Australian judge bans X from sharing video of bishop being stabbed in church

An Australian judge has ruled that social media platform X must block every user in the world from accessing video of a bishop being stabbed in a Sydney church, extending the prohibition beyond users in Australia.

X, the tech company rebranded by billionaire Elon Musk when he bought Twitter last year, announced last week it would fight in court Australian orders to take down posts relating to a knife attack on Bishop Mar Mari Emmanuel in an Assyrian Orthodox church as a service was being streamed online on April 15th.

The material was geoblocked from Australia, but remained available elsewhere.

But the regulator that made the orders, Australia’s eSafety Commission, which describes itself as the world’s first government agency dedicated to keeping people safer online, successfully applied to the Federal Court in Sydney for a temporary global ban on the sharing of video of the bishop being stabbed.

In an after-hours hearing, Justice Geoffrey Kennett suppressed the footage from all X users until Wednesday, when an application for a permanent ban will be heard.

X has 24 hours to “hide” the footage from users, the judge ruled.

The regulator’s lawyer, Stephen Tran, had argued that geoblocking Australia did not meet the definition of “removal” of the footage under Australian law.

Mr Tran said the footage was a “graphic and violent video” that would cause “irreparable harm if it’s continuing to circulate”.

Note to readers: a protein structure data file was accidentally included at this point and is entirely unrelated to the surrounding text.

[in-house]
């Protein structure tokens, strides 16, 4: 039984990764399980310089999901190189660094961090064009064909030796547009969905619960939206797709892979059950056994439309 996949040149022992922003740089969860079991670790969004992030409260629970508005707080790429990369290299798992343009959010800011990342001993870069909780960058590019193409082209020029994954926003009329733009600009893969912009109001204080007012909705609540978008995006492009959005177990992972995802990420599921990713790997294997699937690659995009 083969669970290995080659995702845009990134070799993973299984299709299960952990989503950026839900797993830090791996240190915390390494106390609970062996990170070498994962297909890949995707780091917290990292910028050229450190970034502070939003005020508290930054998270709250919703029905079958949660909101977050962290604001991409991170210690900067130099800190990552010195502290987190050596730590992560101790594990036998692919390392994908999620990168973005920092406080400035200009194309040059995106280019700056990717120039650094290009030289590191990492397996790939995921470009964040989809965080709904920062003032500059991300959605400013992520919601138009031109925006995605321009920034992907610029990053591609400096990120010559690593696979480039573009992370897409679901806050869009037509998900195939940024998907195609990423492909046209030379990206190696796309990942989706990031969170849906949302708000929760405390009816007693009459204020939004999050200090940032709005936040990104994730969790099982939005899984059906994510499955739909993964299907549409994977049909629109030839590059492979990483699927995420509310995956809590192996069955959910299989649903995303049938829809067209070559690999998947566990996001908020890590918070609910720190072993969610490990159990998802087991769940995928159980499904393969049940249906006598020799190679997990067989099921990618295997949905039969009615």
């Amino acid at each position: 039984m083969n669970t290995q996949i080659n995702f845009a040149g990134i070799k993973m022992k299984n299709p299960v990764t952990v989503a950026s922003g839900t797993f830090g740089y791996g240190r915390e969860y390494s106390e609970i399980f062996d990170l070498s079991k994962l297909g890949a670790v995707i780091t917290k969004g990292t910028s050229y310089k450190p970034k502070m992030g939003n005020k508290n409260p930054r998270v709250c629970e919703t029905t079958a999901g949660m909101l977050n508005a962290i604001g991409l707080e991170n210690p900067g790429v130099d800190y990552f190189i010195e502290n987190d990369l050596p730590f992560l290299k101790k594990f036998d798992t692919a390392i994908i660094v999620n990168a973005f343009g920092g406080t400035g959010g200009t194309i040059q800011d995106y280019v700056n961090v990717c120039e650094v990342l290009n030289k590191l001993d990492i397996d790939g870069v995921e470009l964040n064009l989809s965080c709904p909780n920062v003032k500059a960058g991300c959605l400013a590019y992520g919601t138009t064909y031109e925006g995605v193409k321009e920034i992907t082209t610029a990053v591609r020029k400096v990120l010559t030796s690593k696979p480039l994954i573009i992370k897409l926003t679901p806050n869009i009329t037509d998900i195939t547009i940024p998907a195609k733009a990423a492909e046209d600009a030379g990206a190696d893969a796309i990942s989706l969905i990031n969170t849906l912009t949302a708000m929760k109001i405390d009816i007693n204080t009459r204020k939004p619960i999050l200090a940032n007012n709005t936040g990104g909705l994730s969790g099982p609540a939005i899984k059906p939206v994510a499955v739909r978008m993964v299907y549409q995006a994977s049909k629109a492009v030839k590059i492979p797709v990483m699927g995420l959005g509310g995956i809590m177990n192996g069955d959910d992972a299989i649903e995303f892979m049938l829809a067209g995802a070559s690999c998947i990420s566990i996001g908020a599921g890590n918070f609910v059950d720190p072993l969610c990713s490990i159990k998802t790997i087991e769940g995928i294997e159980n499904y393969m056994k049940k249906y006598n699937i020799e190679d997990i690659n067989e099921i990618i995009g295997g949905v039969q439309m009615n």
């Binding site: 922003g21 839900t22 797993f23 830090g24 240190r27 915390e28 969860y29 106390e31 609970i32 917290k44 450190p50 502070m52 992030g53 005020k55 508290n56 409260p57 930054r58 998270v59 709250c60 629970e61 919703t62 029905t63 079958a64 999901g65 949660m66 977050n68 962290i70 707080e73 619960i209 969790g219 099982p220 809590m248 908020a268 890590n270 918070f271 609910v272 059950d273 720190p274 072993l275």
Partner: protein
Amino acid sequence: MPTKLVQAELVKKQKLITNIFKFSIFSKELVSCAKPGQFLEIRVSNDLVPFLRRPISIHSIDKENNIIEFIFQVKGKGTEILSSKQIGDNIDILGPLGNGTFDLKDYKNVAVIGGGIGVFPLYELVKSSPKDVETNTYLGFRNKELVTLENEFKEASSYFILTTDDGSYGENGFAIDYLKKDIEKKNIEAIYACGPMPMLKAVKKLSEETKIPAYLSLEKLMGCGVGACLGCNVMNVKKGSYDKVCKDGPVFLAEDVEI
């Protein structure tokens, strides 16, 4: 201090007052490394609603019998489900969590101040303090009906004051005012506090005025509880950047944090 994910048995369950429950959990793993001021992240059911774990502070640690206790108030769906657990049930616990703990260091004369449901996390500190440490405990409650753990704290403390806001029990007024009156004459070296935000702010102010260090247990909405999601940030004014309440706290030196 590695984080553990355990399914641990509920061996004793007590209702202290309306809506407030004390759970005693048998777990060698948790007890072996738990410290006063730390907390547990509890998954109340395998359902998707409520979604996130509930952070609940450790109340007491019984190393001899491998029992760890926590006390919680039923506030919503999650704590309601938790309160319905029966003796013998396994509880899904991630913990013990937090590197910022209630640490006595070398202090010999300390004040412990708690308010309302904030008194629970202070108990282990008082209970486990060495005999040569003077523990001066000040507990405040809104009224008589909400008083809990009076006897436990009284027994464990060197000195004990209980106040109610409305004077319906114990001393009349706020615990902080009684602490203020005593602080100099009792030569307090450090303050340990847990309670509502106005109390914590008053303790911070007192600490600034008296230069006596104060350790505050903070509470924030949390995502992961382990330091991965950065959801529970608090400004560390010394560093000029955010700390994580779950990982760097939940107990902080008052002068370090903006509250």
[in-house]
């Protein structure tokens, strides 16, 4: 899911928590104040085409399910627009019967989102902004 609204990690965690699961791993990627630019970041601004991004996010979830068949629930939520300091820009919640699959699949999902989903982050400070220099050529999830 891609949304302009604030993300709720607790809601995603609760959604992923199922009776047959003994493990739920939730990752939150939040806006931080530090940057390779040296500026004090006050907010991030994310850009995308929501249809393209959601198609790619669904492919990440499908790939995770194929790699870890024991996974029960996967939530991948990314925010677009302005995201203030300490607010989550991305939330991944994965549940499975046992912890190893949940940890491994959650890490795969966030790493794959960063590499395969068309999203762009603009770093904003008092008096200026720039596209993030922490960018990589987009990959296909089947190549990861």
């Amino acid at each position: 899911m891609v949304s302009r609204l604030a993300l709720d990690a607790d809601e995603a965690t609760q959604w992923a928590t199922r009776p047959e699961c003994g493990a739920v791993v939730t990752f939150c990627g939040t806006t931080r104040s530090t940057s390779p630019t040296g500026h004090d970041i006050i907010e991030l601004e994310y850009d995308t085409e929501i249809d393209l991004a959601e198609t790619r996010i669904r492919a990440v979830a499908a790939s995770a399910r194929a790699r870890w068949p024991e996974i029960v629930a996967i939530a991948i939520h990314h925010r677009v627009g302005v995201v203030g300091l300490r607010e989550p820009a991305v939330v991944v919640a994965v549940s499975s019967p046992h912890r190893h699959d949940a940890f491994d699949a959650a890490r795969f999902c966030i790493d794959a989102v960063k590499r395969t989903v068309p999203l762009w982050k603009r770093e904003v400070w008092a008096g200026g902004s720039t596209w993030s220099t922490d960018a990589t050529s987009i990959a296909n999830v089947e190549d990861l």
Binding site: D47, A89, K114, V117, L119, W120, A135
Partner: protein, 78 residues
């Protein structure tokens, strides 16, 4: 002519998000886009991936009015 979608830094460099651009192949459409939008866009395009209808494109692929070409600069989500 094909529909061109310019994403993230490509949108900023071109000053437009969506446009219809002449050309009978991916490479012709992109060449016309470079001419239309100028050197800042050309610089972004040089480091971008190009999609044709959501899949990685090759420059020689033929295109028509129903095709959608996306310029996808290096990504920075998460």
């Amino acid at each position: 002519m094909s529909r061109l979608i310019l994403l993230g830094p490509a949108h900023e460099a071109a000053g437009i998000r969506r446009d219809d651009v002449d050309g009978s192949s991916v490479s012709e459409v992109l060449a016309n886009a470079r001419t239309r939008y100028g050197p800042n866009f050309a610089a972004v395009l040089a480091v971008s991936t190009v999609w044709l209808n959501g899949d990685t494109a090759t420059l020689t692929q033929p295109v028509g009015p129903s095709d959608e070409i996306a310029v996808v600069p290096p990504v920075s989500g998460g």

X’s lawyer Marcus Hoyne said he had been unable to get instructions from his San Francisco-based client because it was early on Sunday morning in the United States.

Mr Musk has described eSafety Commissioner Julie Inman Grant as the “Australian censorship commissar”.

Prime Minister Anthony Albanese had earlier criticised X for refusing to remove graphic posts about the knife attack on a bishop and priest at the Christ the Good Shepherd Church.

Mr Albanese said social media posts, misinformation and dissemination of violent images had exacerbated suffering from the church attack, which the two clerics survived, as well as a knife attack at a Sydney shopping mall two days earlier which killed six people.

“Social media has a social responsibility,” Mr Albanese said. “I find it extraordinary that X chose not to comply and are trying to argue their case.”

The platform’s Global Government Affairs team said on Saturday that Ms Inman Grant had ordered it to remove some posts that commented on the church attack, but it said the posts did not violate X’s rules on violent speech.

The live feed of the church attack and social media posts that followed attracted a crowd of 2,000 people and fuelled a riot against police, who barricaded the young suspected attacker inside the place of worship.

The rioting injured 51 police officers and damaged 104 police vehicles, officials said.

Three alleged rioters had been arrested by Sunday, and police on Monday released images of 12 suspects they accuse of being the main instigators of the violence, taken from video of the riot.

A 16-year-old boy accused of the stabbings has been charged with terrorism offences.


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